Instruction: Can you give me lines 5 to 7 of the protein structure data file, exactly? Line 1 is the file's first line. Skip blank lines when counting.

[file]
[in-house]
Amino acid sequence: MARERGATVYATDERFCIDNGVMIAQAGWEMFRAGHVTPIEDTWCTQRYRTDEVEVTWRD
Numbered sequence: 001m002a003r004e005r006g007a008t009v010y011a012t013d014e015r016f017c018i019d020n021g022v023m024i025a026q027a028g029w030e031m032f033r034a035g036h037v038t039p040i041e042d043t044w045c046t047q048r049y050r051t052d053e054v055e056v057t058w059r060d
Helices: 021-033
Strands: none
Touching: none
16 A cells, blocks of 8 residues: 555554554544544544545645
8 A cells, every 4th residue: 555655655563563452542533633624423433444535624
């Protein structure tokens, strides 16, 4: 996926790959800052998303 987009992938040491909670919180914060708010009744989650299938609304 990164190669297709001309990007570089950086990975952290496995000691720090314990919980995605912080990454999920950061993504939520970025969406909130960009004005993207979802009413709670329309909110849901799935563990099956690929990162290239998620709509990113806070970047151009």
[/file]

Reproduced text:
Strands: none
Touching: none
16 A cells, blocks of 8 residues: 555554554544544544545645